Embroidering Her Truth: Mary, Queen of Scots, and the language of power Clare Hunter
In sixteenth-century Europe women’s voices were suppressed and silenced. Even for a woman like Mary, Queen of Scots, the prime duty was to bear sons. But in an age when textiles expressed power, Mary exploited them to emphasise her female agency.
Join textile expert and author Clare Hunter to discover how Mary, Queen of Scots, used textiles to advance her political agenda, affirm her royal lineage and tell her own story - from her lavishly embroidered gowns as the prospective wife of the French Dauphin to the fashion dolls she used to encourage a Marian style at the Scottish court, and the subversive messages she embroidered in captivity for her supporters.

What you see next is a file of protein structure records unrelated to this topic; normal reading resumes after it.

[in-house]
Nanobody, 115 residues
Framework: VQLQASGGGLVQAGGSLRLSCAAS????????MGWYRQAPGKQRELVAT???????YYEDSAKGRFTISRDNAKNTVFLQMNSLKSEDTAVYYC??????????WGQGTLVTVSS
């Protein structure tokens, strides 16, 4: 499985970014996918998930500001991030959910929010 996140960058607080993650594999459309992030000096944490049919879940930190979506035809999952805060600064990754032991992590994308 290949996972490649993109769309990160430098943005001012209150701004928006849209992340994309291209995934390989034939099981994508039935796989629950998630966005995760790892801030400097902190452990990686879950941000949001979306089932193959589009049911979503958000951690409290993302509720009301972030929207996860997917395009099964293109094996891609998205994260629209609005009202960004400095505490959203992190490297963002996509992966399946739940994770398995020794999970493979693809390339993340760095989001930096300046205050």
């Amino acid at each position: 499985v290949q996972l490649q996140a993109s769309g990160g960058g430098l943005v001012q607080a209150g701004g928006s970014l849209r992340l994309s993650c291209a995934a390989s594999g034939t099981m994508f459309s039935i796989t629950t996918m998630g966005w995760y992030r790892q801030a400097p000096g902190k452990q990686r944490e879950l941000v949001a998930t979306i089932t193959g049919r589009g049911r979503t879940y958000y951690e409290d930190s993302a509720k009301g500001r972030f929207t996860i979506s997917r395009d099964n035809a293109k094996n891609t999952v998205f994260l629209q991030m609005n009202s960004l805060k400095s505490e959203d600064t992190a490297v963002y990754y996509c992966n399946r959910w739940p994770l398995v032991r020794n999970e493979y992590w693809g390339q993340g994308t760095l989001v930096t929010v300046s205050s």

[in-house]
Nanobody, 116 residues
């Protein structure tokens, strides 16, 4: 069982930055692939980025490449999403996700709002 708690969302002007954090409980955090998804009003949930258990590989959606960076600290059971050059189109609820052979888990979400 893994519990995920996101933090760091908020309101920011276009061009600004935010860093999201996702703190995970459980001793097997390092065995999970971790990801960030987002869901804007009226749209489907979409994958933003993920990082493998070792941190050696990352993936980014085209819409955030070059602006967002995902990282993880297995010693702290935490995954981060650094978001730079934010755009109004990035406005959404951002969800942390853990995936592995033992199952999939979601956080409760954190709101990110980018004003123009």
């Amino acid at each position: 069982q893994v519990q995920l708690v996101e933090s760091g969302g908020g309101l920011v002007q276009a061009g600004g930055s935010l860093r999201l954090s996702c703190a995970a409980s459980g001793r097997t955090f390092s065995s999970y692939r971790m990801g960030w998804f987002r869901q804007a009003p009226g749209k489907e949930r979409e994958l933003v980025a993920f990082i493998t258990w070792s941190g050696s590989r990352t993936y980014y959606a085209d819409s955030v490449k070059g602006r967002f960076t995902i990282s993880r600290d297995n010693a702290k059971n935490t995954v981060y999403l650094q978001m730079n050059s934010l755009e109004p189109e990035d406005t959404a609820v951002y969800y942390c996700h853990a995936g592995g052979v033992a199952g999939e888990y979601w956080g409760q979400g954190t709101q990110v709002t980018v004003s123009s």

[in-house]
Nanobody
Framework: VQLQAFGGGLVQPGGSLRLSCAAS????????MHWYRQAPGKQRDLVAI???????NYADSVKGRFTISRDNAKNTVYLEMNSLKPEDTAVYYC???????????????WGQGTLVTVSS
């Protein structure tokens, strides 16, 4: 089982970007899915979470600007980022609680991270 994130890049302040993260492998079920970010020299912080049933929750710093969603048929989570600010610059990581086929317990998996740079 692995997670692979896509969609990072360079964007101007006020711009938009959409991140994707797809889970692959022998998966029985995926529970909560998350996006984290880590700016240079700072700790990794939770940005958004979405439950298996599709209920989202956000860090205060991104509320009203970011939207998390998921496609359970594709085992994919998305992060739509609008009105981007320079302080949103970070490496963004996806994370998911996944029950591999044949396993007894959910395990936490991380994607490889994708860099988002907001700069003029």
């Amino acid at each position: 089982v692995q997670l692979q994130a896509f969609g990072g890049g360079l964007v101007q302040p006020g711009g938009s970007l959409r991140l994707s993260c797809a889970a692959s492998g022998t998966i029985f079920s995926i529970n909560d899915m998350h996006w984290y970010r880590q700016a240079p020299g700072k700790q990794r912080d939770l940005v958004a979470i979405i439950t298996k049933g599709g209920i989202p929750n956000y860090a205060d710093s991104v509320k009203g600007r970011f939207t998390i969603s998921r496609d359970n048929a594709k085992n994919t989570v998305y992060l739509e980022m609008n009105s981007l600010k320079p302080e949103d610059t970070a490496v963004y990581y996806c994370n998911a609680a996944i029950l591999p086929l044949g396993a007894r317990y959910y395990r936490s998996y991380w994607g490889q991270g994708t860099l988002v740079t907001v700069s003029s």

Blending history, politics and memoir, Clare explores the emotions and experiences of the Scottish queen through the textiles she purchased, displayed, gifted and created, telling the story of a queen in her own voice.
You can buy copies of many of our speakers’ books from Fox Lane Books, a local independent bookseller and Festival partner. In some cases, author signed bookplates are available too.
About the speaker
Clare Hunter has been involved with textiles as a community artist, exhibition curator and banner maker for 30 years. She set up NeedleWorks in Glasgow, working with people of all ages and cultures, using sewing as a way to celebrate local history, document community experiences and share personal concerns through the creation of wall hangings and banners. Her first book, Threads of Life, was chosen as Radio 4’s Book of the Week, reached the Sunday Times Bestseller list, named Waterstones Book of the Month in Scotland and was awarded a Saltire Award for First Book.